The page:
There was a lot to celebrate at the recent
Pride parades, from the legalization of same-sex marriage in New York
State to the reframing of ordination standards in the PCUSA.
The LGBT rights movement has hit its share of bumps; for many, the shock of
California's Prop 8 winning a majority vote hasn't
worn off. Still, the rapid shift in public opinion about gay rights seems to
confirm that the trajectory of the universe remains long but justice-leaning.
(I'm pretty sure that MLK quote isn't
While I support gay rights, I find myself
oddly unenthusiastic about the prospect of my own denomination, the Disciples
of Christ, eventually considering a resolution to become open and affirming. Our
fiercely congregational polity means that, while a General Assembly vote might
have symbolic power, practically speaking it cannot coerce dissenting regions
to change. In 1997 the General Assembly voted to enter a period of discernment
about the participation of gays and lesbians in the life of the church. In the
meantime, various congregations and regions continued to operate according to
their own convictions. Some Disciple clergy openly perform same-sex weddings;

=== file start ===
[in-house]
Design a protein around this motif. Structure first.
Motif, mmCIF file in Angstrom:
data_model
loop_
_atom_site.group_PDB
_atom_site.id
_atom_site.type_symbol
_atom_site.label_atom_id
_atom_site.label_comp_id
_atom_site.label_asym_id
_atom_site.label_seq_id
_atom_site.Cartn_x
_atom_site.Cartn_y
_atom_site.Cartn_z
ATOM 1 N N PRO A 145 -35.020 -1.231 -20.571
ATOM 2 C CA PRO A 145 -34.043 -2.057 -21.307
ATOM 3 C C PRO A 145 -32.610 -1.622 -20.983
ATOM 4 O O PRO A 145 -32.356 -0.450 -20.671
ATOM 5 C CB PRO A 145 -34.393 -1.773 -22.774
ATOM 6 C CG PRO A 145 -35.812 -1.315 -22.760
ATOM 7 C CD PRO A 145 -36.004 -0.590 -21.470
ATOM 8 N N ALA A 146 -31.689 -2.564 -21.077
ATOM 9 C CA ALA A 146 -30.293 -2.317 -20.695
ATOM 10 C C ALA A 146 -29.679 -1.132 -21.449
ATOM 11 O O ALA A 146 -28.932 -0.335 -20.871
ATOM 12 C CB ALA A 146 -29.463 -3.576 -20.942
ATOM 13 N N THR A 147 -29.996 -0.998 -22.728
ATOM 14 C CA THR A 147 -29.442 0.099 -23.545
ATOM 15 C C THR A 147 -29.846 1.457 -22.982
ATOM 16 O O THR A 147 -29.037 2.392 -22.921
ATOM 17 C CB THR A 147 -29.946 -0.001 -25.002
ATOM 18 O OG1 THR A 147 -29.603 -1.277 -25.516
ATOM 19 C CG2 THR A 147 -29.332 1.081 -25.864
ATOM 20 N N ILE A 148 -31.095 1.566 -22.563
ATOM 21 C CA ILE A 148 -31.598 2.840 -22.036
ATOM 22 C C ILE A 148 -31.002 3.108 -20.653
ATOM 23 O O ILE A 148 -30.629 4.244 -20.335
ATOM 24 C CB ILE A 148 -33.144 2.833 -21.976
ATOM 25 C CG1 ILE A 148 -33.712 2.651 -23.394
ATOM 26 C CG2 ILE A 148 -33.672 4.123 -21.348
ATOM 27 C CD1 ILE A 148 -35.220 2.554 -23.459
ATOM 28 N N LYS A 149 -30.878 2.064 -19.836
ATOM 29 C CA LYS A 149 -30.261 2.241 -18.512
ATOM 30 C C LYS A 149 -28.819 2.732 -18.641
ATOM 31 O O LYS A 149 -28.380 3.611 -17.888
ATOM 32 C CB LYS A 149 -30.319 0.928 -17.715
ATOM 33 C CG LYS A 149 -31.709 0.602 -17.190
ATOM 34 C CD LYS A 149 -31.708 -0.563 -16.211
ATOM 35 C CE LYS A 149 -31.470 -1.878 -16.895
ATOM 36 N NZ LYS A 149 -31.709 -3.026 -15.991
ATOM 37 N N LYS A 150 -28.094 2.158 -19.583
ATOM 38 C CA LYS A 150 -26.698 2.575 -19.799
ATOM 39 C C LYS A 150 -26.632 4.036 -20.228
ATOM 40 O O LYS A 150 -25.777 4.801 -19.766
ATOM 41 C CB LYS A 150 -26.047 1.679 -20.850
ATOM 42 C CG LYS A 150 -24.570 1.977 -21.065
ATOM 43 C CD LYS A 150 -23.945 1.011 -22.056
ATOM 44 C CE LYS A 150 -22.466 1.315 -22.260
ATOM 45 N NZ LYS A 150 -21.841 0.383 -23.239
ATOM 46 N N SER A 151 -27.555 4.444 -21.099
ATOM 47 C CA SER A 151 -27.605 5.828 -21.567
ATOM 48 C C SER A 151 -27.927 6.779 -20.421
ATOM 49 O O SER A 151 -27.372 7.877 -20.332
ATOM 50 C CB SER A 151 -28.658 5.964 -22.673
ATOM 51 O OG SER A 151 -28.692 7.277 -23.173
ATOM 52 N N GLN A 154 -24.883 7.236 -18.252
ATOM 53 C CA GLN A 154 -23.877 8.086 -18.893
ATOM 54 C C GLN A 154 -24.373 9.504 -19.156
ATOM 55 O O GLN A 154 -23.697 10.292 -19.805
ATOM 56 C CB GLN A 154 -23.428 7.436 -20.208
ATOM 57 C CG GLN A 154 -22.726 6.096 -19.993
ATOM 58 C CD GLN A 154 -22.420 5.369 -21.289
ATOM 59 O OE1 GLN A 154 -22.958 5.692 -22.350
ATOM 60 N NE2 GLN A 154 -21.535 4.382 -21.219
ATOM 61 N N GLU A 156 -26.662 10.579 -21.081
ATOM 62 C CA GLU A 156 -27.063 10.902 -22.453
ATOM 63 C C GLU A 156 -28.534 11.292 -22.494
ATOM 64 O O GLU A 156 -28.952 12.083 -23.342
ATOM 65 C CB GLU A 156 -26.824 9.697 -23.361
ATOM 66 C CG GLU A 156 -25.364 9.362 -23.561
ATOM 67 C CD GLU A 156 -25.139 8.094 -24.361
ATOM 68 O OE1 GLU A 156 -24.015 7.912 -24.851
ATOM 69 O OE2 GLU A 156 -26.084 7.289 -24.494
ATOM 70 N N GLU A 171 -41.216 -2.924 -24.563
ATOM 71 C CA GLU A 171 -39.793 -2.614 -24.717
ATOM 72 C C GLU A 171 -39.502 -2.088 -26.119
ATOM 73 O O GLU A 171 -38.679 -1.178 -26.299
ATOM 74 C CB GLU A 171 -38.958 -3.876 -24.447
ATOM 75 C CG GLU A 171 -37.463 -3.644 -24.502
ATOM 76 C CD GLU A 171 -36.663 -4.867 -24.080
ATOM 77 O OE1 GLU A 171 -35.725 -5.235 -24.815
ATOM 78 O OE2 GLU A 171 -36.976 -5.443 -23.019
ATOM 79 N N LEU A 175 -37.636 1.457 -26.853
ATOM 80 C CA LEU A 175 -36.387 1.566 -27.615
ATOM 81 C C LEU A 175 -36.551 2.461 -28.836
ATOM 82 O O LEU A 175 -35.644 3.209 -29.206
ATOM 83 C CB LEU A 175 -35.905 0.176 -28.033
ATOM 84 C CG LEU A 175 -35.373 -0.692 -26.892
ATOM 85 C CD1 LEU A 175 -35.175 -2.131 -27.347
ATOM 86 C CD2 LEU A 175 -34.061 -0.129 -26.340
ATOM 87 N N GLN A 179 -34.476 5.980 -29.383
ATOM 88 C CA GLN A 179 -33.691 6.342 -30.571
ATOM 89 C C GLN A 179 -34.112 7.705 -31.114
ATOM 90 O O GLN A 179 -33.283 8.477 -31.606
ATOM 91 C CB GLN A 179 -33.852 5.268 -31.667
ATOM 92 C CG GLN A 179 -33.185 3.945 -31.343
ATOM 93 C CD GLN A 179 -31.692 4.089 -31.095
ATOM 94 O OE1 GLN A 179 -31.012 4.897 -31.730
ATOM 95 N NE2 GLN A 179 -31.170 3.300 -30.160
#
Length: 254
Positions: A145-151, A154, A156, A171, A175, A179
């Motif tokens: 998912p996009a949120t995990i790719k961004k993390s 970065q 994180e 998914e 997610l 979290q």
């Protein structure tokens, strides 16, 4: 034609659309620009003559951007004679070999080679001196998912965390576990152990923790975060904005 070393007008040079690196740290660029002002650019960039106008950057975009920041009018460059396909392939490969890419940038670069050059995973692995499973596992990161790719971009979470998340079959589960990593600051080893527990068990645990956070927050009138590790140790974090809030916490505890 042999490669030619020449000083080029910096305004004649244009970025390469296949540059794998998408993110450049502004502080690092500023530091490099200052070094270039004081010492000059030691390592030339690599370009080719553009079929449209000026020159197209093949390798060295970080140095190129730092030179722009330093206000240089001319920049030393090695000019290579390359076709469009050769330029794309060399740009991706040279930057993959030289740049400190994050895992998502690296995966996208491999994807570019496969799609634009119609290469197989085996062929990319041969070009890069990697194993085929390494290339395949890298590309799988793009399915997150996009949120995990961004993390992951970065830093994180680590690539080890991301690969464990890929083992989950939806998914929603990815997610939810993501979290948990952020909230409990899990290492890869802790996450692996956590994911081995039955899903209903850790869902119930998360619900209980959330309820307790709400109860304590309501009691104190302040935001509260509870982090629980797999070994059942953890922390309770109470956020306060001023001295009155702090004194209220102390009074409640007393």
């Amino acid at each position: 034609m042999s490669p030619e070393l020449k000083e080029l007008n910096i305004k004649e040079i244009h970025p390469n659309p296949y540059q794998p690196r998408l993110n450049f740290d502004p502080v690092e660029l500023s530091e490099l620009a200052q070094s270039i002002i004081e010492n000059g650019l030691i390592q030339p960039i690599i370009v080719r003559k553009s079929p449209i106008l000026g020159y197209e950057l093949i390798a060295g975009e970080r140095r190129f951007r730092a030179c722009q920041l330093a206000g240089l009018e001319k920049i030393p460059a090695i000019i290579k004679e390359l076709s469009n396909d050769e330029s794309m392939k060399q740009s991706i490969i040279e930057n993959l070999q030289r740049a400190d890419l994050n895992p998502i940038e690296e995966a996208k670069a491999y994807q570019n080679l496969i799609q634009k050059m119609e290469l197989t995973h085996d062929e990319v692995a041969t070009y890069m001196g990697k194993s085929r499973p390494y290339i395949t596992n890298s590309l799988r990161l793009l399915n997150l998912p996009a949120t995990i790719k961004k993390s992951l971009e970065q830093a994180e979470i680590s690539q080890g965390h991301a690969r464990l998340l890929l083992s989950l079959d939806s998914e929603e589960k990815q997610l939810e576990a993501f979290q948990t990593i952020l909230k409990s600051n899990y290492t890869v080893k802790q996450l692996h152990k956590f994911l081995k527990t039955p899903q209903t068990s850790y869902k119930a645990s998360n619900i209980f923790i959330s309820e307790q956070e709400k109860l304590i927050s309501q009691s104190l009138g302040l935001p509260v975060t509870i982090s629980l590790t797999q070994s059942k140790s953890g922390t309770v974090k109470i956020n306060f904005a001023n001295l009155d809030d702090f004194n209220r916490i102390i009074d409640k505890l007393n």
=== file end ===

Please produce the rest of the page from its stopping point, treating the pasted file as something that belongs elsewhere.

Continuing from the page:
some don't. Openly gay candidates who are gifted and called to ministry may be
ordained in some regions but not in others.
But there's a more important reason that I'm
reluctant to join the push for another vote: I appreciate how this season of
discernment has allowed for Christians of diverse opinions to coexist--to commune--in a manner that is rare in our
polarized culture. Despite the absolutism of many on both sides, among
Disciples there has been room for a whole spectrum of opinion at the proverbial
and sacramental table.
The situation is far from perfect. Many
pastors have been forced to choose whether to conceal their sexual orientation,
relocate or serve a congregation without the benefit of ordination or standing.
On the other hand, some theologically diverse ministry commissions have
unanimously recommended openly gay candidates for ordination--not because of a
policy that forbids discrimination, but because, like the circumcised believers
who were astounded that the gift of the Holy Spirit had been poured on on the
Gentiles, they could not deny the evidence.
I doubt these commissions would have reached
the same result if their votes centered on an abstract issue instead of a